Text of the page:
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Transplantation. 1995 Nov 27;60(10):1095-8.

Orthotopic liver transplantation for Crigler-Najjar type I disease in six children.

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Department of Pediatrics and Pediatric Surgery, St Luc Hospital, Catholic University of Louvain, Brussels, Belgium.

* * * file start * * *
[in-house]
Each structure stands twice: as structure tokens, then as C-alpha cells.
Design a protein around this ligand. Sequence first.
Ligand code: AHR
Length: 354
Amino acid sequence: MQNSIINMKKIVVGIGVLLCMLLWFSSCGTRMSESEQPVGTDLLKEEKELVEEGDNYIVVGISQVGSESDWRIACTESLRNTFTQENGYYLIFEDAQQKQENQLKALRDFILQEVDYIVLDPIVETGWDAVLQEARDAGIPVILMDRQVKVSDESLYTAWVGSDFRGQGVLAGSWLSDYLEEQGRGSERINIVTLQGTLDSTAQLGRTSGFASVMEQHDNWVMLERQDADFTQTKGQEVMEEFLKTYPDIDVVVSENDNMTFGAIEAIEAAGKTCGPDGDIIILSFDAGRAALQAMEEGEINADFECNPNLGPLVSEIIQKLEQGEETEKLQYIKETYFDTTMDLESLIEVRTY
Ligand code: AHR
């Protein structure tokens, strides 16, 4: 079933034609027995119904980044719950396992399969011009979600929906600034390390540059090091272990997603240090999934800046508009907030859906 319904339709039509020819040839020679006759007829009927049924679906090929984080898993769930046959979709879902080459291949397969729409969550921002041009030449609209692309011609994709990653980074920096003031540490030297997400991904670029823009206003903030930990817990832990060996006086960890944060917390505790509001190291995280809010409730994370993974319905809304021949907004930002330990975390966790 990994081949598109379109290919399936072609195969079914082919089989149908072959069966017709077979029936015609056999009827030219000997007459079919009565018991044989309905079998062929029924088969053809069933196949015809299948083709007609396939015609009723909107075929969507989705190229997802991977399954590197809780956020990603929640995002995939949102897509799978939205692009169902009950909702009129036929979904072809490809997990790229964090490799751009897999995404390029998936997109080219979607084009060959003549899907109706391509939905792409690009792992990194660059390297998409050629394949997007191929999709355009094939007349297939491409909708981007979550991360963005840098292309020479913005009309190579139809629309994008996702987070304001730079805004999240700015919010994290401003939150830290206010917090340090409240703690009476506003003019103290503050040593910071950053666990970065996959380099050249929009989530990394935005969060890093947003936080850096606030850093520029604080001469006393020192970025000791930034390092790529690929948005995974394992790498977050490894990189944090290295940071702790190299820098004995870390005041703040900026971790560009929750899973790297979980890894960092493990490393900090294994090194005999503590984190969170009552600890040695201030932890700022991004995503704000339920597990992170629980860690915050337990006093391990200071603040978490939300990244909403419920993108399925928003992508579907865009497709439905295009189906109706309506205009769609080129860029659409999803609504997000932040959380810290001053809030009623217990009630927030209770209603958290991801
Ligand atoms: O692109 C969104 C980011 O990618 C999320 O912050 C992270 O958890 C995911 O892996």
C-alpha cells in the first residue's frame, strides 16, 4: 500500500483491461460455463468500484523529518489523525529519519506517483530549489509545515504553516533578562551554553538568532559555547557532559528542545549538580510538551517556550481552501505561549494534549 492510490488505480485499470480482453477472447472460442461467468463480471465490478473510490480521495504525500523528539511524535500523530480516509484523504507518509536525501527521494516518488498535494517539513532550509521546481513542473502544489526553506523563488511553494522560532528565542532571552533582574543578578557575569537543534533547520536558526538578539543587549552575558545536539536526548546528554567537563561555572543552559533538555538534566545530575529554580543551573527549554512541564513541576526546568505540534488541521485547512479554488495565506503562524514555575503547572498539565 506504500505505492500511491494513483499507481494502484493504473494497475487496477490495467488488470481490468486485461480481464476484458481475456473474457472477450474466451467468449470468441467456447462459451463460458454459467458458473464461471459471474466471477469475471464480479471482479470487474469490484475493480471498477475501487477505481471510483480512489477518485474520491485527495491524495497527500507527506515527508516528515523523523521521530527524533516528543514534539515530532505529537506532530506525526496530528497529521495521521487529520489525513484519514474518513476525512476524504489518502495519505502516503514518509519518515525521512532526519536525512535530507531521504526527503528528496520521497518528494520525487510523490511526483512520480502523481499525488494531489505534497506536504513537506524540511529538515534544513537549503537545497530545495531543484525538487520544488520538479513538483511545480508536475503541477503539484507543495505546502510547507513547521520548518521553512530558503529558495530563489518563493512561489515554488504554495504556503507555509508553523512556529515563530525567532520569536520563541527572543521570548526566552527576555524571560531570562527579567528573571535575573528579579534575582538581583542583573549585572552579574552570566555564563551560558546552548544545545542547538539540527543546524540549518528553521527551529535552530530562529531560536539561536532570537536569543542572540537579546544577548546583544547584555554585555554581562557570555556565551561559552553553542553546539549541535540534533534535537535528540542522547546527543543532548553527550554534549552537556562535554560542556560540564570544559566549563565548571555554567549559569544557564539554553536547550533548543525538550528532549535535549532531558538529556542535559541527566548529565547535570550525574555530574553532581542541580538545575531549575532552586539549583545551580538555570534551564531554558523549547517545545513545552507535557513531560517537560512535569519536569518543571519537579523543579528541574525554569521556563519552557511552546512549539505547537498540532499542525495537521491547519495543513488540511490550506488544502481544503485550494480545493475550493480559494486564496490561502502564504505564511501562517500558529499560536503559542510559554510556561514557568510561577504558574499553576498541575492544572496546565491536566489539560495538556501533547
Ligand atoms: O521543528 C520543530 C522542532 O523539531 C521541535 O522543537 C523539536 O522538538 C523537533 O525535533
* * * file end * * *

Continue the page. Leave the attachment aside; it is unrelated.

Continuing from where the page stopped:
Hyperbilirubinemia in Crigler-Najjar disease type I (CN) can be partially controlled by daily phototherapy, but these children remain at permanent risk of developing brain damage due to kernicterus. Because liver transplantation is the only available curative treatment for liver-based inborn errors of metabolism, orthotopic liver transplantation (OLT) was performed in six patients with CN. Mean age at surgery was 52.5 months (range 27 to 100). Despite a mean daily phototherapy of 12.4 +/- 0.8 hr, mean bilirubin of the 6 patients was 388 microM/L (range 175 to 703) before OLT; one of them was also being treated with tin-protoporphyrin. All 6 had elevated AST/ALT, ranging from 1.4 to 6 times upper normal values. Complications occurred in three patients after OLT, including miliary tuberculosis in one, graft rejection and retransplantation in one, and hepatic artery thrombosis in one. All patients survive with normal serum bilirubin level (follow up 6 to 116 months). Four have normal enzymes on post-OLT follow-up (30 to 95 months), follow a normal education program, and have a normal social life. One recently transplanted patient has progressively normalizing liver function tests 6 months after OLT. One patient transplanted at 8 y.o. (now 116 months post-OLT) has moderate neurological delay due to pretransplant kernicterus, and posttransplant chronic persistent hepatitis. Our series shows that OLT cures hyperbilirubinemia in CN patients, with an excellent survival prospect. The procedure should be decided upon before neurological sequelae occur, since these persist after transplantation.

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